Rituals of Initiation and Consecration in Premodern Japan: Power and Legitimacy in Kingship, Religion, and the Arts
Edited by Fabio Rambelli & Or Porath
In premodern Japan, legitimization of power and knowledge in various contexts was sanctioned by consecration rituals (kanjō) of Buddhist origin. This is the first book to address in a comprehensive way the multiple forms and aspects of these rituals also in relation to other Asian contexts.
The multidisciplinary chapters in the book address the origins of these rituals in ancient Persia and India and their developments in China and Tibet, before discussing in depth their transformations in medieval Japan. In particular, kanjō rituals are examined from various perspectives: imperial ceremonies, Buddhist monastic rituals, vernacular religious forms (Shugendō mountain cults, Shinto lineages), rituals of bodily transformation involving sexual practice, and the performing arts: a history of these developments, descriptions of actual rituals, and reference to religious and intellectual arguments based on under-examined primary sources. No other book presents so many cases of kanjō in such depth and breadth.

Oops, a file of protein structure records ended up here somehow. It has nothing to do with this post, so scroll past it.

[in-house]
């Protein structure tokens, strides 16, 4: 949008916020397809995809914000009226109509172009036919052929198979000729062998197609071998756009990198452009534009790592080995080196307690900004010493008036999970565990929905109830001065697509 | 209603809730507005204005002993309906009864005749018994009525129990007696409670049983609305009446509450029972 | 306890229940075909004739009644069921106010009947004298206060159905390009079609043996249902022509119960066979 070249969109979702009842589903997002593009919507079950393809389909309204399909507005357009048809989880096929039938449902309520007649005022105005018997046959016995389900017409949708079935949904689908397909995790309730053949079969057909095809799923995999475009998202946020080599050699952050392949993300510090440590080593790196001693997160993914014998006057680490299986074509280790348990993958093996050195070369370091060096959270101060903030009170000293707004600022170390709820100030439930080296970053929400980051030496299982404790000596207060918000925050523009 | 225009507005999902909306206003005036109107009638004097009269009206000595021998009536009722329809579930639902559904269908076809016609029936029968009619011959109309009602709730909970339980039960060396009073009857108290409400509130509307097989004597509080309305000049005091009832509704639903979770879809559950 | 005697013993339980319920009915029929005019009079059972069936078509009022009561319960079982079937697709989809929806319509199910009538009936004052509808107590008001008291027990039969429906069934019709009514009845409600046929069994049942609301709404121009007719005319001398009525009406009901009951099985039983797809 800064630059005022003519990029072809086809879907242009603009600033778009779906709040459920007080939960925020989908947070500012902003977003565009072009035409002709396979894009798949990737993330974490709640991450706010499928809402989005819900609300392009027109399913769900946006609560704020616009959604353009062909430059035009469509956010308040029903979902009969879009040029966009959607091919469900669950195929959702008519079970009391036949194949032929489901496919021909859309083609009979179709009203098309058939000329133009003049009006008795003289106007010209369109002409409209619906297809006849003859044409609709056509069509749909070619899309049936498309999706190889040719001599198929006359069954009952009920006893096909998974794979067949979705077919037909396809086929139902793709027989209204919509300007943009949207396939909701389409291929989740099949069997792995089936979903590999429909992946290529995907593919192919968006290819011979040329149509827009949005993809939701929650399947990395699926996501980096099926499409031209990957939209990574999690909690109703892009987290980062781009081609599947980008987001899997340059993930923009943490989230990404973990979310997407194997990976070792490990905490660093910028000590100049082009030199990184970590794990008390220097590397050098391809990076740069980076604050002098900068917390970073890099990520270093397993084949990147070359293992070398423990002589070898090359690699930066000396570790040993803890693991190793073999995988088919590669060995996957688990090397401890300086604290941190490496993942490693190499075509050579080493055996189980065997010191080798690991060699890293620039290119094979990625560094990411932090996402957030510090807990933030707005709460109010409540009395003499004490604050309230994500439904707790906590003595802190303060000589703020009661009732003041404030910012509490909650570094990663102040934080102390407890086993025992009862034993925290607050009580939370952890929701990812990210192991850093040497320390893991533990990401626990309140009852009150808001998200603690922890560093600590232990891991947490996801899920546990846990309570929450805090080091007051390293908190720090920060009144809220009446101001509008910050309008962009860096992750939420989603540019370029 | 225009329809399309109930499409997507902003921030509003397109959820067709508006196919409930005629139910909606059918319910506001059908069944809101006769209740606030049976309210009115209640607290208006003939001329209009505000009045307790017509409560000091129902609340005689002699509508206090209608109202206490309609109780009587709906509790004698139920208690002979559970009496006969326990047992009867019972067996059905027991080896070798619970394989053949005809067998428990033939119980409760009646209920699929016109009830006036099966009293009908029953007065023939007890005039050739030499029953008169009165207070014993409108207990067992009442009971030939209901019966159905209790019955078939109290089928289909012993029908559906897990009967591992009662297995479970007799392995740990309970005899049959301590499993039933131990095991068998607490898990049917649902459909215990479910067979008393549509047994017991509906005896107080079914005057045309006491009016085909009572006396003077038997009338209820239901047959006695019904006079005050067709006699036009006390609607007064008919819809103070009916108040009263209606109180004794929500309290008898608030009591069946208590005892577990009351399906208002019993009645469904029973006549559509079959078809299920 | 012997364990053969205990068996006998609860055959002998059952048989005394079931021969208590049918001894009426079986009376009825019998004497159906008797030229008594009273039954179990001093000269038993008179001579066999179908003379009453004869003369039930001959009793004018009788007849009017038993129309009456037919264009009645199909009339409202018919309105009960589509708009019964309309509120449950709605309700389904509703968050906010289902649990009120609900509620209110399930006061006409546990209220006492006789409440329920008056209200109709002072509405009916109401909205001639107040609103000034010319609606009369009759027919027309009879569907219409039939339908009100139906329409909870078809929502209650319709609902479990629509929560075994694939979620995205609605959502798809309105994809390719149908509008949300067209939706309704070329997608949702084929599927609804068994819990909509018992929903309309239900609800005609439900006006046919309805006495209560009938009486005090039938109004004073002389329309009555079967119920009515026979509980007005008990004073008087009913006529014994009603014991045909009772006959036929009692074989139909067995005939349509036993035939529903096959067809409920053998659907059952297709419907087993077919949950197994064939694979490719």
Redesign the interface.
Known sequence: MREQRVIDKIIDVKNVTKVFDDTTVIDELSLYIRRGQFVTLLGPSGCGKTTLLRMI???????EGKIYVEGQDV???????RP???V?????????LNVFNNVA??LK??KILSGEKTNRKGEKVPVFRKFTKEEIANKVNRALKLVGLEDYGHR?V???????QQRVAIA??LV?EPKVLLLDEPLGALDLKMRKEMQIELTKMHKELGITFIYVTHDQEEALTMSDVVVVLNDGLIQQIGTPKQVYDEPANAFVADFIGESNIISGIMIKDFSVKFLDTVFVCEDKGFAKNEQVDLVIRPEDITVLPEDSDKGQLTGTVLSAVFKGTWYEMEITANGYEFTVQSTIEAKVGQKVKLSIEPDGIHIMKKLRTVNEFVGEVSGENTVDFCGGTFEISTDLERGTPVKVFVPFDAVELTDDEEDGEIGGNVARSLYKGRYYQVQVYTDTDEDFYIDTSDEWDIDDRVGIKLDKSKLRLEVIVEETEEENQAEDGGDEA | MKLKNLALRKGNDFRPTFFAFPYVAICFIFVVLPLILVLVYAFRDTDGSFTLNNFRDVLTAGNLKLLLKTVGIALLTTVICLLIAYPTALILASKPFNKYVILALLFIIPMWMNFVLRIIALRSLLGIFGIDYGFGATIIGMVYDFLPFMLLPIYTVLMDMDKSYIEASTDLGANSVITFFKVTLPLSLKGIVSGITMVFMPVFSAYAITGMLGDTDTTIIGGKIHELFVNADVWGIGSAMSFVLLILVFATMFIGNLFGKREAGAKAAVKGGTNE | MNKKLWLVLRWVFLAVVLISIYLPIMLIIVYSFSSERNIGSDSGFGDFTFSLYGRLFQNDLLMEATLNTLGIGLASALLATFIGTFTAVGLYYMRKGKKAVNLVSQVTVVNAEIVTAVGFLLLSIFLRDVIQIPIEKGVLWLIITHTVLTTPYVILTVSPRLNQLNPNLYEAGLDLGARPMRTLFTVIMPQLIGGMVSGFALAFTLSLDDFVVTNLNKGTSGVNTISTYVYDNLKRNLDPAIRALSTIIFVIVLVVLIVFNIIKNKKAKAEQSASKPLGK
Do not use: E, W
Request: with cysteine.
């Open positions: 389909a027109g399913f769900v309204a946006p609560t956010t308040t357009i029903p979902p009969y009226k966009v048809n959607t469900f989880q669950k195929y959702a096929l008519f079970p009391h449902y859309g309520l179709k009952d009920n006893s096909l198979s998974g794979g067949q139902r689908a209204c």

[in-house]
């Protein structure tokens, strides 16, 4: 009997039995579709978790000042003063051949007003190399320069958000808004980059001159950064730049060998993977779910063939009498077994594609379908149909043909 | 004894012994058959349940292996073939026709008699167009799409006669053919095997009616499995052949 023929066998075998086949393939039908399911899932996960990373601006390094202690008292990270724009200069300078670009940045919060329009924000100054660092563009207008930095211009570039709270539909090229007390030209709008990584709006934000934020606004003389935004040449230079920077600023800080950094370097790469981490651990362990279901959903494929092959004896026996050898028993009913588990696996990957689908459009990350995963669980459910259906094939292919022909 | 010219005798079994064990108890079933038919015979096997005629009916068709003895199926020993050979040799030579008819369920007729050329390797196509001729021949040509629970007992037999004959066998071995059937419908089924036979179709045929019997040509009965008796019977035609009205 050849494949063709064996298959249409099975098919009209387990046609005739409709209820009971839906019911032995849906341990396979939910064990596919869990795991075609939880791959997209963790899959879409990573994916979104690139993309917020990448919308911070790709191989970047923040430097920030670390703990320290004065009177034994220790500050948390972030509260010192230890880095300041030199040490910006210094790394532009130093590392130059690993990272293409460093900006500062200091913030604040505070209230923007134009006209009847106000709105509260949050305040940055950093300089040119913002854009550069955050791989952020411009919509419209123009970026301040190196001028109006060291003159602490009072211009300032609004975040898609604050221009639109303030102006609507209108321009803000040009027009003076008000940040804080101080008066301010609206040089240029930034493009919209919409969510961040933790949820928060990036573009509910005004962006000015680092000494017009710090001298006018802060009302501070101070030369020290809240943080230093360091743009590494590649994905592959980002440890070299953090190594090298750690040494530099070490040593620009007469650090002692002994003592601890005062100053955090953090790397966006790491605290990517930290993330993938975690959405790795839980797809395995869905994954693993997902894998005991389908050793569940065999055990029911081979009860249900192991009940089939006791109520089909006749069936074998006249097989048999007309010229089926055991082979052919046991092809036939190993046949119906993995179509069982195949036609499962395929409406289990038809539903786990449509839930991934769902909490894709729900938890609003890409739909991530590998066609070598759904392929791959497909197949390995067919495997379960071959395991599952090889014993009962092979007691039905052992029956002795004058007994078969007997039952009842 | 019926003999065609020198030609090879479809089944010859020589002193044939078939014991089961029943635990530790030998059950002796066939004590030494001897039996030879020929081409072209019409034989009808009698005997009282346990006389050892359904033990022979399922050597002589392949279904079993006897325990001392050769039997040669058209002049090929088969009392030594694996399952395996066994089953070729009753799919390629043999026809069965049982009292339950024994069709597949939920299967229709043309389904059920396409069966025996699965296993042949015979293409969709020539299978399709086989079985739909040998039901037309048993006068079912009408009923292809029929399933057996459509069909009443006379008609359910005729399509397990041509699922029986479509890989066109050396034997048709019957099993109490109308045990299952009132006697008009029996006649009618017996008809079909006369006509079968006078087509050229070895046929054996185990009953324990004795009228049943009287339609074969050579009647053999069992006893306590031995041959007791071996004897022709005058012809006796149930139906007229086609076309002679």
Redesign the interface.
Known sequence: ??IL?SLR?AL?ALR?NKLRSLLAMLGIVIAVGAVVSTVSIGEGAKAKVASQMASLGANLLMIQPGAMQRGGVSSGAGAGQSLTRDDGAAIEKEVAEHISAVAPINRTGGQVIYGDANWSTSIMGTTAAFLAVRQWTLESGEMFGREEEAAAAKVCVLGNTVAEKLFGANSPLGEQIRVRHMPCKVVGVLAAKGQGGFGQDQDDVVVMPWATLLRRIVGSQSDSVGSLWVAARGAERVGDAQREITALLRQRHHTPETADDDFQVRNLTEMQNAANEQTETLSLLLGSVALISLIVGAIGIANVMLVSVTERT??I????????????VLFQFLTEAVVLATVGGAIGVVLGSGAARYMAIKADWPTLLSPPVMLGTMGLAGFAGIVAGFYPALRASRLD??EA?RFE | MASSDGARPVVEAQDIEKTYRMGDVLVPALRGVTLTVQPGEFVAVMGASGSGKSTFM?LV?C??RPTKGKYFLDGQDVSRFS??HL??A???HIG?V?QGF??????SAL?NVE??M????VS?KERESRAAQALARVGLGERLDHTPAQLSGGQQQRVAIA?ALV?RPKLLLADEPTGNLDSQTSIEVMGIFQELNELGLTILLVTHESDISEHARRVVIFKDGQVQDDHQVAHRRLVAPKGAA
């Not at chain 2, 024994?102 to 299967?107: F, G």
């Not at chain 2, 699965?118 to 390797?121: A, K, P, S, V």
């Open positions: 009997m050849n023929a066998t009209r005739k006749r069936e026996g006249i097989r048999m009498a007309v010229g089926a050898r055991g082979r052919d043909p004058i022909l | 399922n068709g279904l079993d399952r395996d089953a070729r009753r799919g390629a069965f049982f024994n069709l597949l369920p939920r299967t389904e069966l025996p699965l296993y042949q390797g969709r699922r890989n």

This book is relevant to readers interested in Buddhist studies, Japanese religions, the history of Japanese culture, and in the intersections between religious doctrines, rituals, legitimization, and performance.
For more information: https://www.degruyter.com/document/doi/10.1515/9783110720211/